The war against “revenge porn” is about to enter Congress.
Rep. Jackie Speier, D-Calif., is preparing to introduce legislation to criminalize the non-consensual online dissemination of lewd content by jilted lovers and hackers, her office confirms to U.S. News.
Speier intends to introduce the revenge porn bill sometime next month. The legislation is still being drafted and several significant details have yet to be resolved – such as the maximum punishment for offenders and possible rules for the removal of non-consensual content.
Three states currently make sharing revenge in porn a crime, including California, where the operator of a revenge porn website was charged in December with 31 felony counts for allegedly attempting to harass and extort victims.
Most websites hosting revenge porn, however, cannot be forced to remove the content because Section 230 of the federal Communications Decency Act grants Internet companies legal immunity if third-party content doesn’t violate federal copyright or criminal law.
If disseminating “revenge porn” becomes a federal crime, websites “wouldn’t be able to raise the special Section 230 defense that intermediaries are sometimes able to raise with regard to other unlawful activity,” Franks tells U.S. News.
Search engines and website that host third-party content might be required to remove or block access to revenge porn if its distribution becomes a federal crime, as is already done with child pornography and copyright violations.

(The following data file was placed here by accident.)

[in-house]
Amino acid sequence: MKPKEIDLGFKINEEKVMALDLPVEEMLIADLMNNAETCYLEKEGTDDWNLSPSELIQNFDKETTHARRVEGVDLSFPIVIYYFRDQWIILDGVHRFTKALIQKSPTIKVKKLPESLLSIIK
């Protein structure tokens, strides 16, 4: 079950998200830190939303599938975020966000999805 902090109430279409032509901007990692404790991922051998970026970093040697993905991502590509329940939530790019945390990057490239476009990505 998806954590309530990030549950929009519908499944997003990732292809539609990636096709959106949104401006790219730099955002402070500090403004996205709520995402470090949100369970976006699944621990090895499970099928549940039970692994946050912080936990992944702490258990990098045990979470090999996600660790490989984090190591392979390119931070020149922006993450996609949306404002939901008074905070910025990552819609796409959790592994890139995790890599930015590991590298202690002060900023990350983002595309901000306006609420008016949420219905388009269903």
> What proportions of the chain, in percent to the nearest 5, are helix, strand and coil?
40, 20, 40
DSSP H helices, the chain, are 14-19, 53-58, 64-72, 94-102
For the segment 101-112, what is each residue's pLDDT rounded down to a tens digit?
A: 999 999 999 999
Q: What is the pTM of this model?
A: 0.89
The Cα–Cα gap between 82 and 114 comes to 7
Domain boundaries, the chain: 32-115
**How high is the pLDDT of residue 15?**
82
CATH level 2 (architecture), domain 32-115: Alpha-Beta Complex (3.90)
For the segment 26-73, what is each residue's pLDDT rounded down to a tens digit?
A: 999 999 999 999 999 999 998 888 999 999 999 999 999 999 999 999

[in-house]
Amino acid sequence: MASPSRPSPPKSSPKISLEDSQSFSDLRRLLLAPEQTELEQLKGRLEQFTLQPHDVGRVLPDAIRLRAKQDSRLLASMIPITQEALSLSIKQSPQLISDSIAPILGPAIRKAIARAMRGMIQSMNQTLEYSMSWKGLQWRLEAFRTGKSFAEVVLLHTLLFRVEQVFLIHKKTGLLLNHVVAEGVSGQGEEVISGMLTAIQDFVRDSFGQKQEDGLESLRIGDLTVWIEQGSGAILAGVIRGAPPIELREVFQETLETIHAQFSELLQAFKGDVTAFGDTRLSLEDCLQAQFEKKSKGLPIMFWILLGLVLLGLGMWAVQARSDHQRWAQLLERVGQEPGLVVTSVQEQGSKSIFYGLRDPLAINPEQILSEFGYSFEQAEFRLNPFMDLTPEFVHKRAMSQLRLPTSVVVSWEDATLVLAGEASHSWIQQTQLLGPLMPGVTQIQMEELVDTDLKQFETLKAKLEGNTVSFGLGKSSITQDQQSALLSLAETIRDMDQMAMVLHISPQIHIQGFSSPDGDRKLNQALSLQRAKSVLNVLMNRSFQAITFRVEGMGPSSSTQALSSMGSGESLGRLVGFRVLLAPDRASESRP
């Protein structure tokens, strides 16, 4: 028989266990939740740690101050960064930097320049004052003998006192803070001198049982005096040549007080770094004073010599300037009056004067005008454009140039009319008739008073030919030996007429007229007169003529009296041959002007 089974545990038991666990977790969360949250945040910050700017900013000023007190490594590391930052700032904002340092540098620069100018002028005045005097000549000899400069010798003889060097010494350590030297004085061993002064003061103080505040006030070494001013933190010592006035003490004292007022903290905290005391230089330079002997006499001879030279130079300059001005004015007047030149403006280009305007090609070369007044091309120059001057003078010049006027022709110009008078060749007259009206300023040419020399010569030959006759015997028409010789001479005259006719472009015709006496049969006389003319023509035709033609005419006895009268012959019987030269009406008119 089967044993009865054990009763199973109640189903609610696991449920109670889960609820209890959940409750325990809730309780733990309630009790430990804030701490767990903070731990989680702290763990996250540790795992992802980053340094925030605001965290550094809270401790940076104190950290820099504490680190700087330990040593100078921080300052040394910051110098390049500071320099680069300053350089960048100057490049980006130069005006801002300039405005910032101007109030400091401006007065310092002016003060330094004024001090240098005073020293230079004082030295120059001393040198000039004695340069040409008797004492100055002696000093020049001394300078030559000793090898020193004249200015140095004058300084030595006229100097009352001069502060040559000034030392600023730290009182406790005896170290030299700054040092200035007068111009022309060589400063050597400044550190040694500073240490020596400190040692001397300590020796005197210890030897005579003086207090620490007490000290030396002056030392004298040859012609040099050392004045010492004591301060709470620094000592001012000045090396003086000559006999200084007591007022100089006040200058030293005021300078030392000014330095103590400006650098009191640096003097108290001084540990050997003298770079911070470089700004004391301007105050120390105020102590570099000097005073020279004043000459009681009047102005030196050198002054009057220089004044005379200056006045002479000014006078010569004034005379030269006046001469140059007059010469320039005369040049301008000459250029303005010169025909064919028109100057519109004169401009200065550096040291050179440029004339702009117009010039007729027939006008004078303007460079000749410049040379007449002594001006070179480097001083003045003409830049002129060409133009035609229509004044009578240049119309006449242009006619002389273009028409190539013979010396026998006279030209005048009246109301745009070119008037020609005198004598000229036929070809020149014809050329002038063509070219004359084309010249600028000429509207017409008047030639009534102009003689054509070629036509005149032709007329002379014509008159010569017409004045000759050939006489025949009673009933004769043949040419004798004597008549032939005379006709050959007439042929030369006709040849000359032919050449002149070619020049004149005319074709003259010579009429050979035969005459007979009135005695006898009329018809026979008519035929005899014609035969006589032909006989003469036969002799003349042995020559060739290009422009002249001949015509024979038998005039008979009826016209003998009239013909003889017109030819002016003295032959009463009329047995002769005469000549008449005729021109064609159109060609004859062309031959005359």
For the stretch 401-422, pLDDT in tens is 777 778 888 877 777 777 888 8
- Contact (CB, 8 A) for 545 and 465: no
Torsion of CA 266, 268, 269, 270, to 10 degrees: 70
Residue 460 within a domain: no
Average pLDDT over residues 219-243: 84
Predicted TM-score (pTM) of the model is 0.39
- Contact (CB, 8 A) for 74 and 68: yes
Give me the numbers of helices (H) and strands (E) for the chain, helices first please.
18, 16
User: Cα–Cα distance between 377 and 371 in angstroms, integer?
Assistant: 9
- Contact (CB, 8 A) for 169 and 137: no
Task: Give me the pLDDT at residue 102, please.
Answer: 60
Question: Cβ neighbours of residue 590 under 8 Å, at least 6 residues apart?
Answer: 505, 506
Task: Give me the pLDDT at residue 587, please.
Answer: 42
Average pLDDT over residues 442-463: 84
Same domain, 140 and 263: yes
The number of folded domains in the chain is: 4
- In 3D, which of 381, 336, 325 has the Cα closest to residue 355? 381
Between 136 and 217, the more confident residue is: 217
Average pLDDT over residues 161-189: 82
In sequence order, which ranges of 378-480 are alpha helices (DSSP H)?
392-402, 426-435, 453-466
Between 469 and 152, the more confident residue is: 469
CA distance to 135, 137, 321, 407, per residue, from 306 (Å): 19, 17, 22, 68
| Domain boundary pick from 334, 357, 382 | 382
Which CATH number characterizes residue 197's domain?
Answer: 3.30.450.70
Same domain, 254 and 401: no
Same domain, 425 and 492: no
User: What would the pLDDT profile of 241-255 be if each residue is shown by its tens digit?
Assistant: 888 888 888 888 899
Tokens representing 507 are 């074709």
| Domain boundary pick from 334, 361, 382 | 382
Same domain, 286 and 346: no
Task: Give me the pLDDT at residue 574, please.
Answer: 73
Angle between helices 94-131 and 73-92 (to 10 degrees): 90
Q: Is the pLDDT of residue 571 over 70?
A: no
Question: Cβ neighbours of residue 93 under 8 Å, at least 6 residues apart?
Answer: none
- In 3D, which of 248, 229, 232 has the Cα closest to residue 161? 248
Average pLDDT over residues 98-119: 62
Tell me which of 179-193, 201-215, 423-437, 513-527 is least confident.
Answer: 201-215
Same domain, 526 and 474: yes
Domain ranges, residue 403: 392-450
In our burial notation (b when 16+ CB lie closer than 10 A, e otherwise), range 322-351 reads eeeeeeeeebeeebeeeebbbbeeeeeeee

Speier’s office expects there to be significant support among lawmakers and is in talks with other members.
Matt Zimmerman, a senior staff attorney at the Electronic Frontier Foundation, told U.S. News in November he’s concerned about the possible effects of a federal revenge porn law.
“Frequently, almost inevitably, statutes that try to do this type of thing overreach,” he said. “The concern is that they’re going to shrink the universe of speech that’s available online.”
Zimmerman – who would support expanding civil liability for posters – said criminal law would be a “dangerous” way to address the problem because Internet companies would likely respond by reflexively removing content any time there’s a complaint.
An overwhelming majority of states have no criminal penalties for distributors of revenge porn. A New York judge, for example, tossed the state’s first known revenge porn case in February after finding the accused – who posted to Twitter nude photos of a woman he dated – hadn’t violated the existing laws he was charged with breaking.
Federal ‘Revenge Porn’ Bill Will Seek to Shrivel Booming Internet Fad – U.S. News & World Report
revenge porn – Google News
Steven Nelson is a reporter at U.S. News & World Report. You can follow him on Twitter or reach him at firstname.lastname@example.org.… Read the rest